5 reviews

Peony in Love: A Novel
by Lisa See

Published: 2007-06-26
Hardcover : 304 pages
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Recommended to book clubs by 5 of 5 members
“I finally understand what the poets have written. In spring, moved to passion; in autumn only regret.”

For young Peony, betrothed to a suitor she has never met, these lyrics from The Peony Pavilion mirror her own longings. In the garden of the Chen Family Villa, amid the scent ...
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(“I finally understand what the poets have written. In spring, moved to passion; in autumn only regret.”

For young Peony, betrothed to a suitor she has never met, these lyrics from The Peony Pavilion mirror her own longings. In the garden of the Chen Family Villa, amid the scent of ginger, green tea, and jasmine, a small theatrical troupe is performing scenes from this epic opera, a live spectacle few females have ever seen. Like the heroine in the drama, Peony is the cloistered daughter of a wealthy family, trapped like a good-luck cricket in a bamboo-and-lacquer cage. Though raised to be obedient, Peony has dreams of her own.

Peony’s mother is against her daughter’s attending the production: “Unmarried girls should not be seen in public.” But Peony’s father assures his wife that proprieties will be maintained, and that the women will watch the opera from behind a screen. Yet through its cracks, Peony catches sight of an elegant, handsome man with hair as black as a cave–and is immediately overcome with emotion.

So begins Peony’s unforgettable journey of love and destiny, desire and sorrow–as Lisa See’s haunting new novel, based on actual historical events, takes readers back to seventeenth-century China, after the Manchus seize power and the Ming dynasty is crushed.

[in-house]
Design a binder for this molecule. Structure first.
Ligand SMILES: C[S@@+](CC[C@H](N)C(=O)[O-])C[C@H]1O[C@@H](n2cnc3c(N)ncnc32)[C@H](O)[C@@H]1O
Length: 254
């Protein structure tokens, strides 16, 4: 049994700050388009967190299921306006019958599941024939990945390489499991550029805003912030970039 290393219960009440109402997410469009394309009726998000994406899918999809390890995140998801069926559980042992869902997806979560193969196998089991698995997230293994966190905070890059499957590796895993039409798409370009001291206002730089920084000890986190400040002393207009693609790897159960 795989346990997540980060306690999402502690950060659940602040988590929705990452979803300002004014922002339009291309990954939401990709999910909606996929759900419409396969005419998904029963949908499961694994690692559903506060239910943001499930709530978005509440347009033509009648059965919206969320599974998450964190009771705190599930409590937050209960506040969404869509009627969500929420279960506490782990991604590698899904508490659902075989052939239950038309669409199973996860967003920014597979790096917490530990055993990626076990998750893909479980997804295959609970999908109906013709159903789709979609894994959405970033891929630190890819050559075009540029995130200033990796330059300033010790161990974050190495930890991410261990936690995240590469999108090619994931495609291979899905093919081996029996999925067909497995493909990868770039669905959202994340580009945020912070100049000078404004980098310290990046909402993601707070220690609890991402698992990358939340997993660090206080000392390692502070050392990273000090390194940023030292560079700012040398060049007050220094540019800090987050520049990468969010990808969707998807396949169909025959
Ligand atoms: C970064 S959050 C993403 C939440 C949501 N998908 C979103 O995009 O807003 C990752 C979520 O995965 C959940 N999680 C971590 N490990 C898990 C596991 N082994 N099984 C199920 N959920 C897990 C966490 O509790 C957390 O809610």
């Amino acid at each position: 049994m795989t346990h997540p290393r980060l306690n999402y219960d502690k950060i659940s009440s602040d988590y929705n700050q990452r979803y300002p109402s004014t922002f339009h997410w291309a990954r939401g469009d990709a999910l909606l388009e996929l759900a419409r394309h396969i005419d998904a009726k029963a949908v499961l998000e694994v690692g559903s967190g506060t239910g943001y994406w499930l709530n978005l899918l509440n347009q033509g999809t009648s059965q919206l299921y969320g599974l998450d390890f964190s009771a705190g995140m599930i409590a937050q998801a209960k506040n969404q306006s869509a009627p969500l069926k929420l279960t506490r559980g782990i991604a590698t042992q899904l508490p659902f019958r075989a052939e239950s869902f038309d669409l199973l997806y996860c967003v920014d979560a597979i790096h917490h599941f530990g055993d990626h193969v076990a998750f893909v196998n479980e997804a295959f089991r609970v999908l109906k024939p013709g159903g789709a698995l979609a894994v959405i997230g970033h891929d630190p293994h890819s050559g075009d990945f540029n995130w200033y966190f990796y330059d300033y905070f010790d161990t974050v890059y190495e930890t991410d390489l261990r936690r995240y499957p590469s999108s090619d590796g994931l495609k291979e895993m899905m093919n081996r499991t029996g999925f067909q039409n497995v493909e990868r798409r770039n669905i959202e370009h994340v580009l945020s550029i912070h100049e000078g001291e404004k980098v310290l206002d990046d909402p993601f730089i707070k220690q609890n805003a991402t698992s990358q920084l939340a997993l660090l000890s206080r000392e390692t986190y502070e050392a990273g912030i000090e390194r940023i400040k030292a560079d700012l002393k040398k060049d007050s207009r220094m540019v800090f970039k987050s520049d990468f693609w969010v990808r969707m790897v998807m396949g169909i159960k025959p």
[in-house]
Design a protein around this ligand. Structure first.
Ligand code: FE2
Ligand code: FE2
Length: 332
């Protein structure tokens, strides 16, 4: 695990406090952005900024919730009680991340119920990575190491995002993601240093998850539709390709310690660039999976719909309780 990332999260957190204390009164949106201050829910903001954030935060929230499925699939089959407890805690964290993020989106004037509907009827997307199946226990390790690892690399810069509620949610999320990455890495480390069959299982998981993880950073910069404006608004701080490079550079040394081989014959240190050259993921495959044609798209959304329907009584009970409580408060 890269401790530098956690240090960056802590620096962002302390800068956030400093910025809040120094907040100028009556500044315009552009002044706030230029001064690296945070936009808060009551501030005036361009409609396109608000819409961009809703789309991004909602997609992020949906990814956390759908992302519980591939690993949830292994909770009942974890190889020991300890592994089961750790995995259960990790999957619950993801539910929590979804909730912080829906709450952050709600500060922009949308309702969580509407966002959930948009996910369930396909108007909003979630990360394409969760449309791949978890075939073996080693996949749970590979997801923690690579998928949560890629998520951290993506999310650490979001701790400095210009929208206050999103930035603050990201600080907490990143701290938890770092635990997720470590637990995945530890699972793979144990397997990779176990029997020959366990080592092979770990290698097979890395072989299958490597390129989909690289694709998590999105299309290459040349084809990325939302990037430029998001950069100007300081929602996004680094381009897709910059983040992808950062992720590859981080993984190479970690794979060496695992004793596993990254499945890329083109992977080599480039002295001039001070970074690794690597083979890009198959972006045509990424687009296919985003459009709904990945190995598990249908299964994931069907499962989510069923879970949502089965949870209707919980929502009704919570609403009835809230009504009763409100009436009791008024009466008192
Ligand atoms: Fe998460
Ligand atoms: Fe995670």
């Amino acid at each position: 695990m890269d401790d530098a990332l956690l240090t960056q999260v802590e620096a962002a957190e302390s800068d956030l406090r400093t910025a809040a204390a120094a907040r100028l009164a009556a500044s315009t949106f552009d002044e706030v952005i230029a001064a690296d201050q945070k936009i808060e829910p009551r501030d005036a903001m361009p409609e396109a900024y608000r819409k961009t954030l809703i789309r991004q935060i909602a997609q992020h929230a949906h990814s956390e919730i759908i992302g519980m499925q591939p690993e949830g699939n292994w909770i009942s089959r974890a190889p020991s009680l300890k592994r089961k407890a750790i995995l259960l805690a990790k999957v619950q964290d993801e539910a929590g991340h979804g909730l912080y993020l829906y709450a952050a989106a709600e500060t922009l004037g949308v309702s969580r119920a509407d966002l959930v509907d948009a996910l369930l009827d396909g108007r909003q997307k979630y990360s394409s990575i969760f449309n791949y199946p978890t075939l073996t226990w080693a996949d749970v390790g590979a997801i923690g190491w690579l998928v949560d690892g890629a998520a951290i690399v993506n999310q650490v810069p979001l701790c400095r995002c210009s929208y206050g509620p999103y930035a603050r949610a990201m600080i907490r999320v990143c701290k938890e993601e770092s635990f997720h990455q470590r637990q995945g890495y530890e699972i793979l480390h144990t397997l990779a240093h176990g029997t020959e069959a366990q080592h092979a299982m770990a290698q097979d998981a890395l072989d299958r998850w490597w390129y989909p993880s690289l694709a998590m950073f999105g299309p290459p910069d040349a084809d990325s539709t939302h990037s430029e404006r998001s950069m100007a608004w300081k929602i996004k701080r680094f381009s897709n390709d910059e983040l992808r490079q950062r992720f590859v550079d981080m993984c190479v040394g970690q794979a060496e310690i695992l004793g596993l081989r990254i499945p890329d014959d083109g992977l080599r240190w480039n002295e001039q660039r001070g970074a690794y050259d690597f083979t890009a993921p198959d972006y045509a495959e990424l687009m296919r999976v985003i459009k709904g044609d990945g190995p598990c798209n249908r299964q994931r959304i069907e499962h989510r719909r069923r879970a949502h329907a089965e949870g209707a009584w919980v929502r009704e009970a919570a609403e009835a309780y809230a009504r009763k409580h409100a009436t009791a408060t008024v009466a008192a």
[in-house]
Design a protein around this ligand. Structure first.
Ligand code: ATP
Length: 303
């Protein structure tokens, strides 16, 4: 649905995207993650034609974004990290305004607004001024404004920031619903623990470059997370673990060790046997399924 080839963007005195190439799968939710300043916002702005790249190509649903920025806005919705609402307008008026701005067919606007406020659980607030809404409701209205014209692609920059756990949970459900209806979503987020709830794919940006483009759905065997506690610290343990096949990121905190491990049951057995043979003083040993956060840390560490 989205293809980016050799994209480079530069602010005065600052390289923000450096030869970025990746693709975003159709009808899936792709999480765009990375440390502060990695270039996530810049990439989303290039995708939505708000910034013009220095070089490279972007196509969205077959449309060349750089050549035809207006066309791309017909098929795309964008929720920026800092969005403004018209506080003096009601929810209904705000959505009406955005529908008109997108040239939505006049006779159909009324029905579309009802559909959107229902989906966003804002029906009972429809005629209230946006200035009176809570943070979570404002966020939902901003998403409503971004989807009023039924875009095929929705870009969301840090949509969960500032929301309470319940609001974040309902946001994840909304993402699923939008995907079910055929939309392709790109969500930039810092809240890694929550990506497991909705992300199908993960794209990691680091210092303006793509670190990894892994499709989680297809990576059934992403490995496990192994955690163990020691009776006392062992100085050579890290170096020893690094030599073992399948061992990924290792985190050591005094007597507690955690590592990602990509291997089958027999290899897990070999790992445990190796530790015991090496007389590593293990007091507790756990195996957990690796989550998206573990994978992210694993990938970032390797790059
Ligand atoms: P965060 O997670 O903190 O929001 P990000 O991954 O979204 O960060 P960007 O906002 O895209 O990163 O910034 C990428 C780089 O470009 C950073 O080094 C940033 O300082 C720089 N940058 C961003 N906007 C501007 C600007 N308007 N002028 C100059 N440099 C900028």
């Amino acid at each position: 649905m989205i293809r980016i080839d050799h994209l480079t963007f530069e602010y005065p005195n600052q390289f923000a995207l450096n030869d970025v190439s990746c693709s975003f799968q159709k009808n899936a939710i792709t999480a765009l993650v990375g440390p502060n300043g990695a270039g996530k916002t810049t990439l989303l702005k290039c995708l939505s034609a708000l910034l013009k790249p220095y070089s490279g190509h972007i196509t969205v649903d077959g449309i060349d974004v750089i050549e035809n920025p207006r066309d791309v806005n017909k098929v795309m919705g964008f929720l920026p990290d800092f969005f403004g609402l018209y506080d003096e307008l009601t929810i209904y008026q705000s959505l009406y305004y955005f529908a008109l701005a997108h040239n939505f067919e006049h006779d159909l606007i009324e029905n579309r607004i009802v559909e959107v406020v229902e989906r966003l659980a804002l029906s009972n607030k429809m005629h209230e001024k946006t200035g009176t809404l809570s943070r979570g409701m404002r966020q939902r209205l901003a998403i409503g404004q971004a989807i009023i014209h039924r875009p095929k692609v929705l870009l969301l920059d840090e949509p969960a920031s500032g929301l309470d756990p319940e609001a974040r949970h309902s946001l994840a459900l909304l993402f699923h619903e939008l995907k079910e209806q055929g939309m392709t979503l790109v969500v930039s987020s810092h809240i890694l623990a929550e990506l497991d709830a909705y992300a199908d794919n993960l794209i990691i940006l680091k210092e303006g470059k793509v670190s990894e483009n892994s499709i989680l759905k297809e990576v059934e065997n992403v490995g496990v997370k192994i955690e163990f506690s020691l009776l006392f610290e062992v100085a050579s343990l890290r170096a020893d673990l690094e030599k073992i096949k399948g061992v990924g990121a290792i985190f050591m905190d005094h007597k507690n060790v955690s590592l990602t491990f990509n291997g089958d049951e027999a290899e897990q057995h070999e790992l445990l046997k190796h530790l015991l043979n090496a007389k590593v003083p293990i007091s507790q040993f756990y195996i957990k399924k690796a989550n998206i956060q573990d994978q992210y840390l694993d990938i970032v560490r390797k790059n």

Steeped in traditions and ritual, this story brings to life another time and place–even the intricate realm of the afterworld, with its protocols, pathways, and stages of existence, a vividly imagined place where one’s soul is divided into three, ancestors offer guidance, misdeeds are punished, and hungry ghosts wander the earth. Immersed in the richness and magic of the Chinese vision of the afterlife, transcending even death, Peony in Love explores, beautifully, the many manifestations of love. Ultimately, Lisa See’s new novel addresses universal themes: the bonds of friendship, the power of words, and the age-old desire of women to be heard.

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Discussion Questions

1. On page 76, Lisa See quotes the poet Han Yun, who wrote, “All things not at peace will cry out.” What do you think he meant by that? And in what ways does this inspire Peony and the other women writers in the novel?

2.What are the different kinds of love that Peony experiences? How does her love for Ren (as well as for her mother, father, grandmother, Yi, and even Willow) change through the years? Have you had similar experiences in your life?

3.Anticipating her first meeting with Ren in the Moon-Viewing Pavilion, Peony states: “Monthly bleeding doesn’t turn a girl into a woman, nor does betrothal or new skills. Love had turned me into a woman” (p. 49). Is Peony’s statement true?